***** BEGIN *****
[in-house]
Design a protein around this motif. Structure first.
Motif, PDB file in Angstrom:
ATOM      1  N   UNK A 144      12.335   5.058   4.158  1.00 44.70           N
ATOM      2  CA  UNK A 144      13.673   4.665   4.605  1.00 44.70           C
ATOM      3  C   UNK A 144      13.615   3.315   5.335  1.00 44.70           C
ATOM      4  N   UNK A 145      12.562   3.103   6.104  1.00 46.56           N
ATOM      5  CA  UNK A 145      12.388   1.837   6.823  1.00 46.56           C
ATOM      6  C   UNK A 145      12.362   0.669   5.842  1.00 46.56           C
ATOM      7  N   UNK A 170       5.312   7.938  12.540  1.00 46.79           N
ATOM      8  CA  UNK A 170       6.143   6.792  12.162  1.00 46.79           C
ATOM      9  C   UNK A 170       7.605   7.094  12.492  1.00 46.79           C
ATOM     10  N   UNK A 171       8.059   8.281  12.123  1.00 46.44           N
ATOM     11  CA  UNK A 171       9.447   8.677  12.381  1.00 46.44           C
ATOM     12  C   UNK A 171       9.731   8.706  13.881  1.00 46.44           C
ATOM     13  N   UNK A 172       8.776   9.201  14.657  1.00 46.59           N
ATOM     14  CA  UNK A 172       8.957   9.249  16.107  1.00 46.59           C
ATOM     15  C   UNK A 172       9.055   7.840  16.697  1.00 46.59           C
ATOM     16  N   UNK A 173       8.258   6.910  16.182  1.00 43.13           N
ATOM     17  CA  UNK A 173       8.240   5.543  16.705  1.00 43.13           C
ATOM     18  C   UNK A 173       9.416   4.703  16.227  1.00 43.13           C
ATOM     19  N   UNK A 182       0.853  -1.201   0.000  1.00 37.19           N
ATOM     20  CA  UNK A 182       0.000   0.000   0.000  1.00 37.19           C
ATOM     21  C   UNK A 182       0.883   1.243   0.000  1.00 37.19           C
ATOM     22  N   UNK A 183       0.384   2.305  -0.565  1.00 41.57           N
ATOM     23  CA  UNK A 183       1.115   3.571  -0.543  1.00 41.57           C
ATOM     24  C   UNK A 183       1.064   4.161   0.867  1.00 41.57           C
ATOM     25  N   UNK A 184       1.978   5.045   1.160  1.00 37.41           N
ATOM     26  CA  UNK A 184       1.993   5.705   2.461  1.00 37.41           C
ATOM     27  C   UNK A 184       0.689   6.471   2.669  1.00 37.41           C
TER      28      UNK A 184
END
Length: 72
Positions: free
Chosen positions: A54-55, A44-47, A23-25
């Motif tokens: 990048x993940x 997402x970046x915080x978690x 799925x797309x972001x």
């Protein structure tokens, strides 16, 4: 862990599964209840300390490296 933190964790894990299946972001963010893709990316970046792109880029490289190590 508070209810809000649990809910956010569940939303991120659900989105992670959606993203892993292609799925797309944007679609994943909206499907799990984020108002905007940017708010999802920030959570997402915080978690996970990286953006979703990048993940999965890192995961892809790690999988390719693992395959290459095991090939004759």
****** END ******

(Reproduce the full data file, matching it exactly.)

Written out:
[in-house]
Design a protein around this motif. Structure first.
Motif, PDB file in Angstrom:
ATOM      1  N   UNK A 144      12.335   5.058   4.158  1.00 44.70           N
ATOM      2  CA  UNK A 144      13.673   4.665   4.605  1.00 44.70           C
ATOM      3  C   UNK A 144      13.615   3.315   5.335  1.00 44.70           C
ATOM      4  N   UNK A 145      12.562   3.103   6.104  1.00 46.56           N
ATOM      5  CA  UNK A 145      12.388   1.837   6.823  1.00 46.56           C
ATOM      6  C   UNK A 145      12.362   0.669   5.842  1.00 46.56           C
ATOM      7  N   UNK A 170       5.312   7.938  12.540  1.00 46.79           N
ATOM      8  CA  UNK A 170       6.143   6.792  12.162  1.00 46.79           C
ATOM      9  C   UNK A 170       7.605   7.094  12.492  1.00 46.79           C
ATOM     10  N   UNK A 171       8.059   8.281  12.123  1.00 46.44           N
ATOM     11  CA  UNK A 171       9.447   8.677  12.381  1.00 46.44           C
ATOM     12  C   UNK A 171       9.731   8.706  13.881  1.00 46.44           C
ATOM     13  N   UNK A 172       8.776   9.201  14.657  1.00 46.59           N
ATOM     14  CA  UNK A 172       8.957   9.249  16.107  1.00 46.59           C
ATOM     15  C   UNK A 172       9.055   7.840  16.697  1.00 46.59           C
ATOM     16  N   UNK A 173       8.258   6.910  16.182  1.00 43.13           N
ATOM     17  CA  UNK A 173       8.240   5.543  16.705  1.00 43.13           C
ATOM     18  C   UNK A 173       9.416   4.703  16.227  1.00 43.13           C
ATOM     19  N   UNK A 182       0.853  -1.201   0.000  1.00 37.19           N
ATOM     20  CA  UNK A 182       0.000   0.000   0.000  1.00 37.19           C
ATOM     21  C   UNK A 182       0.883   1.243   0.000  1.00 37.19           C
ATOM     22  N   UNK A 183       0.384   2.305  -0.565  1.00 41.57           N
ATOM     23  CA  UNK A 183       1.115   3.571  -0.543  1.00 41.57           C
ATOM     24  C   UNK A 183       1.064   4.161   0.867  1.00 41.57           C
ATOM     25  N   UNK A 184       1.978   5.045   1.160  1.00 37.41           N
ATOM     26  CA  UNK A 184       1.993   5.705   2.461  1.00 37.41           C
ATOM     27  C   UNK A 184       0.689   6.471   2.669  1.00 37.41           C
TER      28      UNK A 184
END
Length: 72
Positions: free
Chosen positions: A54-55, A44-47, A23-25
């Motif tokens: 990048x993940x 997402x970046x915080x978690x 799925x797309x972001x």
């Protein structure tokens, strides 16, 4: 862990599964209840300390490296 933190964790894990299946972001963010893709990316970046792109880029490289190590 508070209810809000649990809910956010569940939303991120659900989105992670959606993203892993292609799925797309944007679609994943909206499907799990984020108002905007940017708010999802920030959570997402915080978690996970990286953006979703990048993940999965890192995961892809790690999988390719693992395959290459095991090939004759």